The University of Washington Department of Environmental & Occupational Health Sciences (DEOHS) was recently awarded funding for four new projects to address the health effects of the COVID-19 pandemic.
The grants from the UW Population Health Initiative are intended “to rapidly accelerate our understanding of, or approach to mitigating, the impacts of this pandemic, which is touching every aspect of our lives,” said Ali H. Mokdad, the UW chief strategy officer for population health.
Results from the projects are expected in August.
DEOHS COVID-19 grants
Optimization of environmental surveillance methods for SARS-CoV-2.
DEOHS Professor Scott Meschke designed a portable filtration system that detects poliovirus in the environment before the disease shows up in people. The grant will help Meschke’s team adapt and validate that same method for SAR-CoV-2, the new coronavirus that causes COVID-19. The method could become part of national surveillance programs in low- and middle-income countries to provide early detection of the virus before it is found in clinical cases.
Developing culturally relevant messages for farmworker safety and health in the COVID-19 pandemic.
The team includes Edward Kasner, June Spector and Maria Blancas from DEOHS, along with Carmen Gonzalez, Department of Communication; Gino Aisenberg, School of Social Work; and Elizabeth Torres, El Proyecto Bienestar.
The team will work with farmworkers to develop scientifically sound COVID-19 public service announcements, radio spots, social media messages and infographics to reach farmworkers with accurate occupational safety and health messages.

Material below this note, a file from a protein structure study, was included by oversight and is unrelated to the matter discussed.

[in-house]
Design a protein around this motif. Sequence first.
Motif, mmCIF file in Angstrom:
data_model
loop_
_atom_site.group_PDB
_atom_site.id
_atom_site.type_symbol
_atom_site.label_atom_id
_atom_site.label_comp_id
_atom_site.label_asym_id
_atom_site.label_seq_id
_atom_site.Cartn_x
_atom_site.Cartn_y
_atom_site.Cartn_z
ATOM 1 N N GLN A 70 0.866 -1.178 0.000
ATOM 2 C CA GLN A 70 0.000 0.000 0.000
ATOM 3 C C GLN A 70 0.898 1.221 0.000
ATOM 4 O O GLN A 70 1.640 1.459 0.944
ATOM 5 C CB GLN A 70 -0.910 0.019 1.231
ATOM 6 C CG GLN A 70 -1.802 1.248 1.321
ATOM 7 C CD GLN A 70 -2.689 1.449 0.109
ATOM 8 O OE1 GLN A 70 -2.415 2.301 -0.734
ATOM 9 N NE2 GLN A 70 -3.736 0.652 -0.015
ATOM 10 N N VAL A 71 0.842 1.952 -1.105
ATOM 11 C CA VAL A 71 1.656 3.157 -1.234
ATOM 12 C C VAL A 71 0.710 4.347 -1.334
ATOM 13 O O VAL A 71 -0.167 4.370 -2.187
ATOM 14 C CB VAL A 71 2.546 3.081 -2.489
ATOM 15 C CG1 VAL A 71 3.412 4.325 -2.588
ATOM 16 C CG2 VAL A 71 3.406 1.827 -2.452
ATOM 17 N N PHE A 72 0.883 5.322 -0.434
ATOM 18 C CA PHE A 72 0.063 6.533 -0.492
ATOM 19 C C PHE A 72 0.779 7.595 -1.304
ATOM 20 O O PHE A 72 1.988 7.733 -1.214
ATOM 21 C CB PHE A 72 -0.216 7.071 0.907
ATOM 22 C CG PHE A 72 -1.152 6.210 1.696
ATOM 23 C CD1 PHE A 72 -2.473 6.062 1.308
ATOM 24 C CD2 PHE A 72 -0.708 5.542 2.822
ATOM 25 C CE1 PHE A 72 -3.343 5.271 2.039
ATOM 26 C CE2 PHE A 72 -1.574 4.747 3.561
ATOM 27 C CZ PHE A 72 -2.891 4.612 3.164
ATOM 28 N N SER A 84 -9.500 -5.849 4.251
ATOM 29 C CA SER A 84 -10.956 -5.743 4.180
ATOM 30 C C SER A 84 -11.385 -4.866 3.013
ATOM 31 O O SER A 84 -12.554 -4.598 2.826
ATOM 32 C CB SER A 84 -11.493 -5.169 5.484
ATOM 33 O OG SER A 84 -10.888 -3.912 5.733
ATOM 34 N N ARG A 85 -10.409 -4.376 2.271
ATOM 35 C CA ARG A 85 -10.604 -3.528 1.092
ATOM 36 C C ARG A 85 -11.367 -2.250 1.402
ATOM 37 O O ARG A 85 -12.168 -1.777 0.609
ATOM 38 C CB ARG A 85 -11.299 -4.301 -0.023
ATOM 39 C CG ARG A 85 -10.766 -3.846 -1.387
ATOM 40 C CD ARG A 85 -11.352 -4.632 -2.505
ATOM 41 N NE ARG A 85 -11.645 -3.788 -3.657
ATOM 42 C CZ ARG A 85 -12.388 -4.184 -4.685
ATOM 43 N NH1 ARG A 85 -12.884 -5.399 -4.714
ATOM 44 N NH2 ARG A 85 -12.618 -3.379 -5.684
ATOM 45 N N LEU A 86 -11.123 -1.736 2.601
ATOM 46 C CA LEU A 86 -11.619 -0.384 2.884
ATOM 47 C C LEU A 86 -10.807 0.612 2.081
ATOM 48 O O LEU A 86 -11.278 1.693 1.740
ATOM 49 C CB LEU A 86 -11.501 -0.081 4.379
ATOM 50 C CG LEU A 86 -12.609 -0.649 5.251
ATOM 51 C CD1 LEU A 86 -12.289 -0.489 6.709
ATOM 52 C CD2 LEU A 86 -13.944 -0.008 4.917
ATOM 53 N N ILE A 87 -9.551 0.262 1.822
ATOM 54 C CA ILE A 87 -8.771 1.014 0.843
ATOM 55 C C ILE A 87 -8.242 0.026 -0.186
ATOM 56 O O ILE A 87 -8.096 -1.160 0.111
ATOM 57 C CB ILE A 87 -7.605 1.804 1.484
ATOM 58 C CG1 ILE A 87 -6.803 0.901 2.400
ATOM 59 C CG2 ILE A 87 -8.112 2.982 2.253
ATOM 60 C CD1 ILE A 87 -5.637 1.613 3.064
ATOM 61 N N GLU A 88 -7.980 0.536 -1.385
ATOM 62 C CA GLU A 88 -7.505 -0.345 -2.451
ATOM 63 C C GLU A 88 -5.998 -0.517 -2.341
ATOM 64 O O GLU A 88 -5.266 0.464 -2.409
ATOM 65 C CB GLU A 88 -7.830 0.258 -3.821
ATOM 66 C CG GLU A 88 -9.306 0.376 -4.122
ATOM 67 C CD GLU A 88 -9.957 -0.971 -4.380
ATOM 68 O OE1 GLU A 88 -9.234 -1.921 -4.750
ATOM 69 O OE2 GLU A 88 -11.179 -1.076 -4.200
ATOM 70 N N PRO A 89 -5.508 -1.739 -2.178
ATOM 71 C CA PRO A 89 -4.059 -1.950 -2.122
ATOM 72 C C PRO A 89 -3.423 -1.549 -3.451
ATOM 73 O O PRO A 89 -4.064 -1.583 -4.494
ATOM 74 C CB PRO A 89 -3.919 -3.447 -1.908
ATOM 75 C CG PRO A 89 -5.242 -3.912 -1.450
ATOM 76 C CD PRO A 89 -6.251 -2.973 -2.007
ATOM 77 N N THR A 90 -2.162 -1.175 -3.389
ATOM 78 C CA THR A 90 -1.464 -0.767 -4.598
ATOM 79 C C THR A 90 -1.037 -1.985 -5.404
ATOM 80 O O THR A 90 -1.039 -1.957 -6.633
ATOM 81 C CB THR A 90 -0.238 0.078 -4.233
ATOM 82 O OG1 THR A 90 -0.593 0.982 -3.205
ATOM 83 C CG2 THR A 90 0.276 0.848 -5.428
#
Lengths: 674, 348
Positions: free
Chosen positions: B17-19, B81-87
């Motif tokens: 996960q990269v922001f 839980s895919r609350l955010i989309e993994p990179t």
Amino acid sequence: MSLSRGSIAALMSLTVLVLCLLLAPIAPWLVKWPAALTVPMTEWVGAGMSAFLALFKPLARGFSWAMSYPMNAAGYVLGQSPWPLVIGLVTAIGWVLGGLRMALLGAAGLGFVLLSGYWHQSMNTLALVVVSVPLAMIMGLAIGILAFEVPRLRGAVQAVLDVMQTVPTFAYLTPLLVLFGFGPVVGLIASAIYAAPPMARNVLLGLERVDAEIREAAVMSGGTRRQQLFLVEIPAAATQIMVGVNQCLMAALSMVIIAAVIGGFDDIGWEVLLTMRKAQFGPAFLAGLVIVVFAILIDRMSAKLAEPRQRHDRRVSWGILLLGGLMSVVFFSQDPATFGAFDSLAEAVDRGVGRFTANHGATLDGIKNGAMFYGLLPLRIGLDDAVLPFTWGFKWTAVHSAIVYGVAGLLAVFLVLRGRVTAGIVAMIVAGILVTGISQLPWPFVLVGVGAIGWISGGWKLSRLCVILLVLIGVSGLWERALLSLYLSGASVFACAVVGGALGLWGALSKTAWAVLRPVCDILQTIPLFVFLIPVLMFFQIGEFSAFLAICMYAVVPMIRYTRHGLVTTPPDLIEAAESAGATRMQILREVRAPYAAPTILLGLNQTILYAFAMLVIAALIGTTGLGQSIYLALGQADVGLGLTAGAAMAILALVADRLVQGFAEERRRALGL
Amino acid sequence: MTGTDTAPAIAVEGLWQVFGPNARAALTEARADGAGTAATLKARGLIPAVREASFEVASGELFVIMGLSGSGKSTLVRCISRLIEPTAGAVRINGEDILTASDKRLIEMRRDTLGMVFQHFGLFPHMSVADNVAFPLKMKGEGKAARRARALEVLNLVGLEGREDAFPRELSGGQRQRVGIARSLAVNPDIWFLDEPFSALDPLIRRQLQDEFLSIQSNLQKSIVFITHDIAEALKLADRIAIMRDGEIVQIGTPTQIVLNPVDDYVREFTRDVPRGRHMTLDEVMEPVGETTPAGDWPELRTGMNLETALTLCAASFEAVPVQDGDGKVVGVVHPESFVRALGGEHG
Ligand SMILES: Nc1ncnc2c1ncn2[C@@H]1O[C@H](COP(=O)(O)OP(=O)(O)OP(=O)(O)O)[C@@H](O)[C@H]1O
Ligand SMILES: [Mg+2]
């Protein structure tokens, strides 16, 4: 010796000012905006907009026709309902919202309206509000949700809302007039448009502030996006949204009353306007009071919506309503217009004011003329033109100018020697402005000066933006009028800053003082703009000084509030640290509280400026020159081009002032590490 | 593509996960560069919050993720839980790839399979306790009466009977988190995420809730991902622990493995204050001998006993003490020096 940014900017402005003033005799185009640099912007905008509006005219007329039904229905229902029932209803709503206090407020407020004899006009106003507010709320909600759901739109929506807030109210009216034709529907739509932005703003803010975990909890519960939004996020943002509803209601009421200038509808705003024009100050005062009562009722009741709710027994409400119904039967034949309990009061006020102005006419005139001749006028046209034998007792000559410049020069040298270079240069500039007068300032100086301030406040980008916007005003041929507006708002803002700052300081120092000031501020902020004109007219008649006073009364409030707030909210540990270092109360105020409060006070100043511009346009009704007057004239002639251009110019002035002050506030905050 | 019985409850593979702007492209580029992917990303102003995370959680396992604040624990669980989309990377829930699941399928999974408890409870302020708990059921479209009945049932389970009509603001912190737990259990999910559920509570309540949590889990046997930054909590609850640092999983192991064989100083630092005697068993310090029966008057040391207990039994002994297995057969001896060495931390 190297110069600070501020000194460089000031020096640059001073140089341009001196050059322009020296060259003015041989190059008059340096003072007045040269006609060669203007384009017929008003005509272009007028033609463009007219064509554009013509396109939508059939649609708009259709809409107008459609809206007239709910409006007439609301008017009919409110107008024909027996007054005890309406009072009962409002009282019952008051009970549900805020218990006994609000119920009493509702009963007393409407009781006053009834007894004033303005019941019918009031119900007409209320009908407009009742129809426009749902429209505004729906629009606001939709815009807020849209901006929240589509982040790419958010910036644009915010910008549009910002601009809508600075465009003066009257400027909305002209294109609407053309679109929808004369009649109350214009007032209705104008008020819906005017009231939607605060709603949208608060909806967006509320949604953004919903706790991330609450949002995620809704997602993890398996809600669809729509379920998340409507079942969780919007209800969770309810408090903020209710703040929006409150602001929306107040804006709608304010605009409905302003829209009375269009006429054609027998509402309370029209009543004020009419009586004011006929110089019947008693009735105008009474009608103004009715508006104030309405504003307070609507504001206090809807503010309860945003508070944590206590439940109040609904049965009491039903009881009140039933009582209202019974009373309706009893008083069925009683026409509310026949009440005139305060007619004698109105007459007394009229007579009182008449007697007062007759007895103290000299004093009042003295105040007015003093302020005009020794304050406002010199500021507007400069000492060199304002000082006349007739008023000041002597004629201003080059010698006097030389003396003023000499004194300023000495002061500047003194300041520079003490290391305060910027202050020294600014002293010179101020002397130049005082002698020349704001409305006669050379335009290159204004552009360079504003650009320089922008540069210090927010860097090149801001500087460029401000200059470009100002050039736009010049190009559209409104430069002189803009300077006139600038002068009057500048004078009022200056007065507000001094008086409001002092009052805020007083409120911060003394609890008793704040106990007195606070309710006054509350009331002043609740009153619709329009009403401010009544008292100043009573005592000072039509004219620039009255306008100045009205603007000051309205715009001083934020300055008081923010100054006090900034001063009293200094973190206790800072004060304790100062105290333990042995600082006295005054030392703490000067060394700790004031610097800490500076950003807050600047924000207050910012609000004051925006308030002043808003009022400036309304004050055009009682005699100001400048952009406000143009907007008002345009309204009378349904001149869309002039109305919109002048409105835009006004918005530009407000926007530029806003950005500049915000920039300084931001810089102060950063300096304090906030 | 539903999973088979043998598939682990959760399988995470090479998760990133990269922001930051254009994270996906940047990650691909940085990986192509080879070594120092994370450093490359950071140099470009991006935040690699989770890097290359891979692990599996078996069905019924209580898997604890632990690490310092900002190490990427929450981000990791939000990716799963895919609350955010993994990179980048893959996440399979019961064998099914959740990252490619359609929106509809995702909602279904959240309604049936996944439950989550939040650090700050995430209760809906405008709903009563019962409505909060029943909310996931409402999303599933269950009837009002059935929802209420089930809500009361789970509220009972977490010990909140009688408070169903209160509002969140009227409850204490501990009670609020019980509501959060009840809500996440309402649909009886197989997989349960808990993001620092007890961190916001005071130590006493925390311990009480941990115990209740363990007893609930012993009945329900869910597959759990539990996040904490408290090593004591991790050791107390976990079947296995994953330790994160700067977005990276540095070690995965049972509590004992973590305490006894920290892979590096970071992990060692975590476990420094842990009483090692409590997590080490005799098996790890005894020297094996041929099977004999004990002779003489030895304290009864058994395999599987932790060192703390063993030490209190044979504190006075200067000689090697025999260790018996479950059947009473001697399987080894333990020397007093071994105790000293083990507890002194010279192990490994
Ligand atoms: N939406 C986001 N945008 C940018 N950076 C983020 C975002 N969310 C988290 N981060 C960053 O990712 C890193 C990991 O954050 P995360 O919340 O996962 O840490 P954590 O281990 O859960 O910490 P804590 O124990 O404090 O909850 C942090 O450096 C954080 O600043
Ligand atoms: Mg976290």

Assessment of disparities in COVID-19 testing and outcomes in King County: Implications for cumulative impacts in low-income, minority and health-compromised communities.
Major US cities are reporting racial disparities in the death rates from COVID-19, with African American and Latino populations experiencing higher death rates than whites in those cities.
The project will compile data to develop a comprehensive understanding of racial and geographic disparities in COVID-19 testing and deaths in King County and compare any disparities detected to known risk factors for susceptibility to COVID-19 by race and zip code, including underlying health conditions, environmental conditions and socioeconomic influences such as poverty and access to health care.
Examining the impact of the COVID-19 pandemic on food systems, food security and food access in Washington.
The team includes Jennifer Otten and Sarah Collier from DEOHS, along with Adam Drewnowski, Department of Epidemiology; Laura Lewis, Community and Economic Development, Washington State University; James Buszkiewicz and Chelsea Rose, Department of Epidemiology; and Alan Ismach, Department of Health Services and Center for Public Health Nutrition.
The team will examine how the pandemic has affected food security and access in Washington’s five most affected counties. The study will provide insights to state agencies trying to respond to rapid-scale alterations in the food system and in food demand.
Across the UW School of Public Health, 21 faculty-led teams spanning 10 different schools and colleges at the University were awarded COVID-19 rapid response grants. The grants were partially matched by additional school, college and departmental funds, bringing the total awarded amount to approximately $820,000.